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Are the big banks overpriced?

Have investors, searching for dividends driven the big banks prices to crazy levels?

It might appear so, with the big four, ANZ Bank (ASX: ANZ), Commonwealth Bank (ASX:CBA), National Australia Bank (ASX:NAB) and Westpac (ASX: WBC), adding $40 billion in market capital between them in the last six months.

Commonwealth Bank, in particular, has seen its shares rise by over 15% in the last six months, hitting an all-time high of over $65 in early trade today, and valuing the bank at more than $100 billion. And this comes at a time when the banks are experiencing low levels of growth.

The acceleration of investors out of low interest rate bank accounts and deposits and back into the market, primarily into high dividend paying shares looks set to continue, as deposit rates fall. Investors appear to be gravitating to companies that they know well, such as the big banks and Telstra Corporation (ASX: TLS).

Concerns that ratings agency Moody’s will slash Australia’s banks’ ratings have been brushed off, after Moody’s cut the credit ratings on five Canadian banks. Canada’s banking system is often compared to our own, being similarly structured.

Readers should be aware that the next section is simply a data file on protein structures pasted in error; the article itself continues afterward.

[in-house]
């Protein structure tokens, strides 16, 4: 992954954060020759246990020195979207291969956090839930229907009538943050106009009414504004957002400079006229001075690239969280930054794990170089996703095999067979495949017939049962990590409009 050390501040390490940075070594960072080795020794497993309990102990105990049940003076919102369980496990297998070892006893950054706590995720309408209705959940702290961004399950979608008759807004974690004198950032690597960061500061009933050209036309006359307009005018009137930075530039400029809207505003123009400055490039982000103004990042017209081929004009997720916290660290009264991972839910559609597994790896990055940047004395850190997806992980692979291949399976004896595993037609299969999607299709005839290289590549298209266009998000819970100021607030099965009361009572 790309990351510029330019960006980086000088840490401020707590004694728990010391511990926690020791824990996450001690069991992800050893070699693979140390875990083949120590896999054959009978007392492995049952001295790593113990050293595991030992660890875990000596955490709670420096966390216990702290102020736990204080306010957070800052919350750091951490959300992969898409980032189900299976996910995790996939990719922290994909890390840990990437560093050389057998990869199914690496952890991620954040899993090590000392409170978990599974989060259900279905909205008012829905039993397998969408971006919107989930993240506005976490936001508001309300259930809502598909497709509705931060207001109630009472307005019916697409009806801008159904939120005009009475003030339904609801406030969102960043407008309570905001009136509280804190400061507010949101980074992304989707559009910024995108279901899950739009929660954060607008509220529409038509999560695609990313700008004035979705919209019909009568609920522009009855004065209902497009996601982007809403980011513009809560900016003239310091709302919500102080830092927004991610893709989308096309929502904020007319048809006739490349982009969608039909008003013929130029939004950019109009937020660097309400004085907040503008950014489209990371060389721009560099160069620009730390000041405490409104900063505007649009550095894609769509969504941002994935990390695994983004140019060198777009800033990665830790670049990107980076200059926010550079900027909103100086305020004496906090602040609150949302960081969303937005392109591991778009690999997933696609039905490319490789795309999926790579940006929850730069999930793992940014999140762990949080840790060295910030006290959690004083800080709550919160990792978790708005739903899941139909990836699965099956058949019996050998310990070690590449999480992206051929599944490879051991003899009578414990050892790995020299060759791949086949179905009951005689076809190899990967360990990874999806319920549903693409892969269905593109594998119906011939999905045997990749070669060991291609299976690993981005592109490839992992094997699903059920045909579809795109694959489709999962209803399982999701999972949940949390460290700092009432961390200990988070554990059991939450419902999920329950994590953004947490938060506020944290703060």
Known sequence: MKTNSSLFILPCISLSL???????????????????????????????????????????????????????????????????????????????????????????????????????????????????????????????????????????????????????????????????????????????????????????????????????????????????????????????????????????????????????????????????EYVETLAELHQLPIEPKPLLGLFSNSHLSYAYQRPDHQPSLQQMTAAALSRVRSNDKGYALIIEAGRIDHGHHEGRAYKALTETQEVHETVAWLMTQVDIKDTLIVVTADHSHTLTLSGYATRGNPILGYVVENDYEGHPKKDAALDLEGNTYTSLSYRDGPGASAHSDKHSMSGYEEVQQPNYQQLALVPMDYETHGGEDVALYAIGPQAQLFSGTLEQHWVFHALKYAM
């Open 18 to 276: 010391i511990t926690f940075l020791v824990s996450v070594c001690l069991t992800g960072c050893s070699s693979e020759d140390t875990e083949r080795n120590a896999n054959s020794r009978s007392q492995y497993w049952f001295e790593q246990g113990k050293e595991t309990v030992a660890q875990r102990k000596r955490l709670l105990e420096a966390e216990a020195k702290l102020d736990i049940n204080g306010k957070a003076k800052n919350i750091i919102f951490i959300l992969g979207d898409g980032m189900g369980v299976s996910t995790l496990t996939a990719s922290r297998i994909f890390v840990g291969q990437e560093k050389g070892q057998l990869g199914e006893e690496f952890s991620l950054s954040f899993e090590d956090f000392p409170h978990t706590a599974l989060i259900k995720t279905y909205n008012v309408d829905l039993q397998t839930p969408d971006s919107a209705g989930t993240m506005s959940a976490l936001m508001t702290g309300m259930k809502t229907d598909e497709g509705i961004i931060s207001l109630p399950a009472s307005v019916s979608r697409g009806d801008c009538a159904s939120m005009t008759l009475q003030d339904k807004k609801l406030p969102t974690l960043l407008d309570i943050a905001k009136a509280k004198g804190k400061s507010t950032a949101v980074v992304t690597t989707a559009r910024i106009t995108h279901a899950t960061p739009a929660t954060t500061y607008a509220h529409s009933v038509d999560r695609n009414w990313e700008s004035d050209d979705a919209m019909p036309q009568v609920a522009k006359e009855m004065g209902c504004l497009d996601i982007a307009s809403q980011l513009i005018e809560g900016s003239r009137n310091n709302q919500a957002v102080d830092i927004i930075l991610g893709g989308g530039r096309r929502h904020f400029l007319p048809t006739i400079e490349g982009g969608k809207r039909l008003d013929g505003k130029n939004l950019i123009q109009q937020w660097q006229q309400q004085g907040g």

But the downgrade should come as a warning to all bank investors. After all, Moody’s cited an overheated property market and highly indebted customers as the reason for the ratings cut, something that we could see in Australia.

With falling mortgage rates, we could see property prices boom, as consumers take on extra debt to invest in property and not ‘get left behind’. Faced with little or no credit growth currently, banks may be forced to take on more risk to generate returns – a move that could blow up in their faces.

Investors in bank shares could also see share prices fall from here, as fund managers and professional investors take money out of the banks, and invest in other stocks that have more potential growth.

Foolish takeaway

With every man and his dog racing to buy shares in the big four banks, they could unwittingly be encouraging traders to buy in as they follow the upward price trend. All of which sounds like a perfect ‘house of cards’ to me. That’s one reason why I won’t be buying into the banks anytime soon.

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More reading

The Motley Fool’s purpose is to help the world invest, better. Click here now for your free subscription to Take Stock, The Motley Fool’s free investing newsletter. Packed with stock ideas and investing advice, it is essential reading for anyone looking to build and grow their wealth in the years ahead.  This article contains general investment advice only (under AFSL 400691). Authorised by Bruce Jackson. Motley Fool writer/analyst Mike King doesn’t own shares in any companies mentioned.

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